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Backyard Birdwatching In Winter

When winter arrives, some of us are tempted to hibernate. If you’re one of those who just don’t like cold weather, birdwatching in your own backyard can be enjoyed while staying inside.

There are about a dozen birds in Manitoba that can be enticed to a feeder during the winter, and watching them out a kitchen or living room window can become a daily event if you provide the right types of birdfeed. Although mixed-seed birdfeed is available at many stores – and it’s cheaper – this type of feed has a lot of waste in it, for many birds will pick out only the kind they prefer, ignoring wheat, milo and barley. It’s better to purchase specific kinds of seed.

Black-capped chickadees are one of the easiest varieties to attract. They are particularly fond of the small black-oil type of sunflower seeds, which you can buy separately. Nuthatches – both the white-breasted and red-breasted varieties – also prefer these sunflower seeds. Like chickadees, they soon adapt to people being near and can often be enticed to a feeder set close to a window.

Blue jays are more timid of people but will come to a feeder set farther away from windows. They eat sunflower seeds as well as corn, and they really love peanuts. I save a few corncobs each fall and they will pick the kernels off the cob. I also try to find a sunflower field after it has been harvested, to pick up a few missed heads.

Woodpeckers are another favourite at birdfeeders. The small downy woodpecker and its larger cousin the hairy woodpecker are attracted by sunflowers and suet. Again, commercial suet blocks are available, but many birds don’t particularly like these, preferring homemade suet blocks. I buy suet, melt it and add some peanut butter, shelled sunflower seeds, cornmeal and oatmeal to make my own blocks. I also use a log with holes or grooves dug into it and fill those with the mixture. This is the woodpeckers’ favourite.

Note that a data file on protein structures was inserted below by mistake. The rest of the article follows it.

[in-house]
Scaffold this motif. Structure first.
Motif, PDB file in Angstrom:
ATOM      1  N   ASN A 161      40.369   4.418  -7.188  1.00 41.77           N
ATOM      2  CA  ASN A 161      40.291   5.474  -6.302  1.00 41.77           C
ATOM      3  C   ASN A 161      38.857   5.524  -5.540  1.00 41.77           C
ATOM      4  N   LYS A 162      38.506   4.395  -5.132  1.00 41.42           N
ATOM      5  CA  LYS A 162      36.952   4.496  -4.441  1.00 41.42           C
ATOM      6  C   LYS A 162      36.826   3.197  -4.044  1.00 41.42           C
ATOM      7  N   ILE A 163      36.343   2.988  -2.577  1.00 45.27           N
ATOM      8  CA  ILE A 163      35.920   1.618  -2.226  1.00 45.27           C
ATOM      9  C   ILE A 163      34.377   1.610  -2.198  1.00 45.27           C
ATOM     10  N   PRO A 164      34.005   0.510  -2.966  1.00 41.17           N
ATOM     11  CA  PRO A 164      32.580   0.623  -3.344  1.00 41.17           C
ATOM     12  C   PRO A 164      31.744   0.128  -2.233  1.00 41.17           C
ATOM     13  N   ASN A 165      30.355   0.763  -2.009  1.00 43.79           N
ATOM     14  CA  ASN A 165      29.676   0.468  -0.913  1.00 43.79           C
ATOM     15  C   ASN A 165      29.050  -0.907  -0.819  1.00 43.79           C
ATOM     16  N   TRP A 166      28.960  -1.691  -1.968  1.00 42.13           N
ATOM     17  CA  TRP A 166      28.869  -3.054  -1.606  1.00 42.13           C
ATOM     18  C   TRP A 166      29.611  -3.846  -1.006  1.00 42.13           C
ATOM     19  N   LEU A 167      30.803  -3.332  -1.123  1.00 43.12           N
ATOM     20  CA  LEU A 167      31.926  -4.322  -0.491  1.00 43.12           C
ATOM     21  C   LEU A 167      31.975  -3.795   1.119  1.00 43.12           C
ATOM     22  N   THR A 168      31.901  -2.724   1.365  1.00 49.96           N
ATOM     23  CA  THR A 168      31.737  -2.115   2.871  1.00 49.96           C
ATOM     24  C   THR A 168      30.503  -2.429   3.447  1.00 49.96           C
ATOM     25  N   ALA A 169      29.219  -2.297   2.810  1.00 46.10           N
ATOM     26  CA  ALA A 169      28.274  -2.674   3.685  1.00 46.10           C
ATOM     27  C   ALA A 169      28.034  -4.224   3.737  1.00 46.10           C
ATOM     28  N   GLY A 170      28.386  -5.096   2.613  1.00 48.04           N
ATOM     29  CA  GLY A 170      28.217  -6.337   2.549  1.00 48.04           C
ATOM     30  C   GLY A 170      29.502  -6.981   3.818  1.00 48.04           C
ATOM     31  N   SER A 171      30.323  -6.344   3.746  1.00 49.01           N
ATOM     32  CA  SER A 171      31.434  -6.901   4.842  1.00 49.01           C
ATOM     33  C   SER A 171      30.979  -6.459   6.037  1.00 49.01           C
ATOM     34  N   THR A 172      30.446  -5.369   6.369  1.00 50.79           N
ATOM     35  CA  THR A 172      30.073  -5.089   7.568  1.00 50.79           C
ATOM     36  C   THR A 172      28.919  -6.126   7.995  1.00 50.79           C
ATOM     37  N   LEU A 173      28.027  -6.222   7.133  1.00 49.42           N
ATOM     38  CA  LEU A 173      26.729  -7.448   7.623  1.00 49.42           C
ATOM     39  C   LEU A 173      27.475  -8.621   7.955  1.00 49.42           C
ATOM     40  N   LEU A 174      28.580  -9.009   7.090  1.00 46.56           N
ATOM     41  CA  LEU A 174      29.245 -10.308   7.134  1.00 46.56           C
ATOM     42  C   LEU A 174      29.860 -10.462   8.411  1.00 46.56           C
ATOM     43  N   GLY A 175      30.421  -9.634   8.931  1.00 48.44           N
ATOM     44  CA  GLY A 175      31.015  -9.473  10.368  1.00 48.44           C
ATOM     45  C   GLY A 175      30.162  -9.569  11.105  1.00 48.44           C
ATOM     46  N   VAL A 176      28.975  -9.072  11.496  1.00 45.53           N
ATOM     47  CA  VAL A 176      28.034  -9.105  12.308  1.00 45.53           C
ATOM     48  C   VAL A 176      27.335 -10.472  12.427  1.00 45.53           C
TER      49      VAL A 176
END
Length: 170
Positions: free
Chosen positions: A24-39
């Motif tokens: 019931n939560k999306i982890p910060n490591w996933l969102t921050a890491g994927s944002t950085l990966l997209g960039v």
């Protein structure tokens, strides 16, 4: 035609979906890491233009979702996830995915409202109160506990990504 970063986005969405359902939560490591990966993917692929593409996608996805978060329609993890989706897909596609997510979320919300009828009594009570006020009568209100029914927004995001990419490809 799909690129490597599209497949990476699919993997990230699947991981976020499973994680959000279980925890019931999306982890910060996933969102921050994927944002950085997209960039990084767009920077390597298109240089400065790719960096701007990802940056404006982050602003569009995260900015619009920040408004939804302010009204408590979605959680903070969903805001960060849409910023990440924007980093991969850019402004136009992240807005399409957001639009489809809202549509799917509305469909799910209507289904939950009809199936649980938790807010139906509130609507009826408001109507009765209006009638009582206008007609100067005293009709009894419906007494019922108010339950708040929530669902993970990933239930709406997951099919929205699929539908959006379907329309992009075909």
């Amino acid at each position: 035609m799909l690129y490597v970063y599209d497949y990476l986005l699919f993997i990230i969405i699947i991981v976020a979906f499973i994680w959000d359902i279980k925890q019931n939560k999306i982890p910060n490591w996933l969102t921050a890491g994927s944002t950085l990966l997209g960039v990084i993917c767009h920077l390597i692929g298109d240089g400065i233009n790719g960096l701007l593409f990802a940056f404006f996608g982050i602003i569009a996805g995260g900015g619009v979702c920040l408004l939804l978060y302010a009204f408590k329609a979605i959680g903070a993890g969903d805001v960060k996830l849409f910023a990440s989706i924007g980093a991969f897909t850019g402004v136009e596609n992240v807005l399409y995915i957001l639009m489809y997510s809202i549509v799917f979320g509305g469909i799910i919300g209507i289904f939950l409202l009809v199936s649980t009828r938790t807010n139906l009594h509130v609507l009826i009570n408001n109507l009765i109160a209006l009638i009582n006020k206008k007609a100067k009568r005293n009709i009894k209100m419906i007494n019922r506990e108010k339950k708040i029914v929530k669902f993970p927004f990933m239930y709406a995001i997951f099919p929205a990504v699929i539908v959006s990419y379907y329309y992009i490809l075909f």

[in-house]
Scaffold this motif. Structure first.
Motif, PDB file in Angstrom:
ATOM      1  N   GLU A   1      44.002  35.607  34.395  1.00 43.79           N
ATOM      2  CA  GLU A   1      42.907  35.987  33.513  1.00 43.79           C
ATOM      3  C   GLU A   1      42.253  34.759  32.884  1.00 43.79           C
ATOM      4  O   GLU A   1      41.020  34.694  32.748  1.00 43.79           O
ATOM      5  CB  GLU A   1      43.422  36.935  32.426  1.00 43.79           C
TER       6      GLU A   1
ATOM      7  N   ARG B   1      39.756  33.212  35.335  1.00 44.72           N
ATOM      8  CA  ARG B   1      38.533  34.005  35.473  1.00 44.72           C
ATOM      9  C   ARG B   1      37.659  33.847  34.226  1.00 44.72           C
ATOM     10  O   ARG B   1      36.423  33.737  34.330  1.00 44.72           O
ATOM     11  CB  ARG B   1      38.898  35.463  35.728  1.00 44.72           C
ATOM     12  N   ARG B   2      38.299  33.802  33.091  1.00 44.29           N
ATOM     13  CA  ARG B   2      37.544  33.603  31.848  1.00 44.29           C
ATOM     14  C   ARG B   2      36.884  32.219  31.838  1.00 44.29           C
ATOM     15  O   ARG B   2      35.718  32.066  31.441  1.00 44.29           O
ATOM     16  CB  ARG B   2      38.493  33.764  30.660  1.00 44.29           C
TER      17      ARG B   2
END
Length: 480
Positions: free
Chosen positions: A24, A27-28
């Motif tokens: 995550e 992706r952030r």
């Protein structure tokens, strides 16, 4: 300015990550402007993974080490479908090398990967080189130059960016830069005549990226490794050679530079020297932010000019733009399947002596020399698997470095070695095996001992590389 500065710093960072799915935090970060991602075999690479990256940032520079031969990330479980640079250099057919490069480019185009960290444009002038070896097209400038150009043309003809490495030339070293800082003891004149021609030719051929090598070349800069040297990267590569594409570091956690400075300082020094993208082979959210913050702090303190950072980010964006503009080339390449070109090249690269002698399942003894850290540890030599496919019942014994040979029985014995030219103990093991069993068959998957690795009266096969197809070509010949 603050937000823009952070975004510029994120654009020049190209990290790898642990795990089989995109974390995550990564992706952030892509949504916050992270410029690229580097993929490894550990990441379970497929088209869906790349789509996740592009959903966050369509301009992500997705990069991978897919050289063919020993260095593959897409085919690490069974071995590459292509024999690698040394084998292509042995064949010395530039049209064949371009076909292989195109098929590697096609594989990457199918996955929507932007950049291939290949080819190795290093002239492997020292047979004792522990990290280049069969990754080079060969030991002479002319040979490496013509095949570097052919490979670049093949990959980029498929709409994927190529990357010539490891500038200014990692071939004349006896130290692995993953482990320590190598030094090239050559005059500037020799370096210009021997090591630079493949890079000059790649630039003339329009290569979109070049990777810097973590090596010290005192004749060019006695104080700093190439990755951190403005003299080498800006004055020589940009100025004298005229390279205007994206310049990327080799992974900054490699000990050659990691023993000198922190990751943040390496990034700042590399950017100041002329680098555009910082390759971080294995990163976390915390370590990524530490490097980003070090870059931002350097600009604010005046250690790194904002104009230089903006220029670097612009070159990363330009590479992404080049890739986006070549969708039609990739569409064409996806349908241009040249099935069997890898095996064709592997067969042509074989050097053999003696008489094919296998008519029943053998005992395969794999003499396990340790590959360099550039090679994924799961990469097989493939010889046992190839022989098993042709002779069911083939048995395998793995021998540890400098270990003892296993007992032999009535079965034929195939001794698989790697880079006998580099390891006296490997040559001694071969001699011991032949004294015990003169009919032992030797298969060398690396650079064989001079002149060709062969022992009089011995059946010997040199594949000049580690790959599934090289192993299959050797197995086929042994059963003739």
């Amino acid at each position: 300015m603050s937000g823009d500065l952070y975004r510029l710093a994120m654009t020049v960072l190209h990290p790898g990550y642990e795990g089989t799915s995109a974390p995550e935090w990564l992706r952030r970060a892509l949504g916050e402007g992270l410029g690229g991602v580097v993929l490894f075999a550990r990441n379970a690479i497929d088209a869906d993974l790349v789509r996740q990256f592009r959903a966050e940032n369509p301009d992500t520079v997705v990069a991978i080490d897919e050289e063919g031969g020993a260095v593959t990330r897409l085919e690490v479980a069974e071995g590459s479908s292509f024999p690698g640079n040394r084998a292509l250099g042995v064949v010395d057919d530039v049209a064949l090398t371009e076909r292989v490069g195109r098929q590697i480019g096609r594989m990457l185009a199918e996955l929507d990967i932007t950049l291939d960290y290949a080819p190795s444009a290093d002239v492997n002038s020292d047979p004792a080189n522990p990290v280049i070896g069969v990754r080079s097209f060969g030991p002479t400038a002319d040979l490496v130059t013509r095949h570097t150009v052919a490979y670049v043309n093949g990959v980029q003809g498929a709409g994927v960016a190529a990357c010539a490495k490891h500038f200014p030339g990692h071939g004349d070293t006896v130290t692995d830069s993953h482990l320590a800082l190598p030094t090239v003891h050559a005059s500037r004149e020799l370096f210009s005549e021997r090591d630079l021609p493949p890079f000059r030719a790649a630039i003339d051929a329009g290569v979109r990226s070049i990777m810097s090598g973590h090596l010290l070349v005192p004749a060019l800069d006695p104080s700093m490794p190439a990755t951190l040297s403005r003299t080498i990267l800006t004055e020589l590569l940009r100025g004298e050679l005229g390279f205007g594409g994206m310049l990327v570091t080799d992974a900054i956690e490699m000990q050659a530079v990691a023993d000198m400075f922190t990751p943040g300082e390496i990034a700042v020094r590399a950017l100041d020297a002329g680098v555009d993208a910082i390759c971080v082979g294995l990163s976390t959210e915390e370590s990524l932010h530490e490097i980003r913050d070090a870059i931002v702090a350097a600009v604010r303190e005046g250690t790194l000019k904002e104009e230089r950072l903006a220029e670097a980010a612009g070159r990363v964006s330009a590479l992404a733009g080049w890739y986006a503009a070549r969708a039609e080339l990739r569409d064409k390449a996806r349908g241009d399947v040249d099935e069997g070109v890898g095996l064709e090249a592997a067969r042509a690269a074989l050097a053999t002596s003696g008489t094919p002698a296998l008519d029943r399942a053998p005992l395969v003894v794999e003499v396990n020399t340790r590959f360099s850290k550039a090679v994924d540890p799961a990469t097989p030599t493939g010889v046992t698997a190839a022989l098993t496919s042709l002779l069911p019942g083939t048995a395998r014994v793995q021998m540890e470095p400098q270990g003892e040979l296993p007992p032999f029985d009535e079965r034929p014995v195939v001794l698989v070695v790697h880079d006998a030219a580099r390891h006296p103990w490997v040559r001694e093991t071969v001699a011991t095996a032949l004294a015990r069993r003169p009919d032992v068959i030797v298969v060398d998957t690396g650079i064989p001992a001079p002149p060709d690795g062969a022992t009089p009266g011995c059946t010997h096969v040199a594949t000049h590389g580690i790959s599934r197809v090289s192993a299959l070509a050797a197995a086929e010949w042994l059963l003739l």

Another bird that may be attracted to feeders is the American goldfinch. In recent years a fair number have stayed all winter, though they normally migrate. I’ve had them for the last two or three years – perhaps an indication of the effect of warmer winters. Goldfinches are not so easily recognized in the winter, since they have their much duller winter plumage. Their favourite treat is niger seed. It’s expensive, but worthwhile if you want to attract these birds. If you do buy the seed and don’t have goldfinches over winter, use it in the spring to attract the returning birds. A tube feeder or a thistle sock is best for niger seed, although the smaller birds are also ground feeders.

The pine siskin and common redpoll also enjoy niger seed. These often appear for a few weeks over the winter. Other seed-eating birds that may come to feeders – not every year but on occasion – are purple finches, house finches, evening grosbeaks, pine grosbeaks and cross-bills – all of which love sunflower seeds. Of course the English (house) sparrow also frequents feeders in winter, sometimes in larger numbers than you want, since the presence of too many may keep other birds away.

One way to attract birds is to offer a source of water. Last winter I bought an electric heated bird bath. At first the birds seemed a little leery of it, but before long they were using it to get a drink and – on warmer days – to bathe. I kept it going all winter long.

If you watch your yard and feeders carefully you never know what you might see. For the last couple of years, besides the goldfinches which stayed all winter, a mourning dove overwintered here. (It doesn’t appear to have stayed this fall.) A couple of juncos stayed last year, too. I also occasionally see a Cooper’s hawk swoop through searching for a live meal, and last winter a boreal owl spent a couple of hours dozing in the backyard.

Another frequent visitor to my feeders – one that some people don’t want – is a red squirrel. A baffle can be used on a pole feeder to help keep squirrels away, but personally I’m happy to see one to add to my daily list of sightings – even if it does steal the birdfeed!

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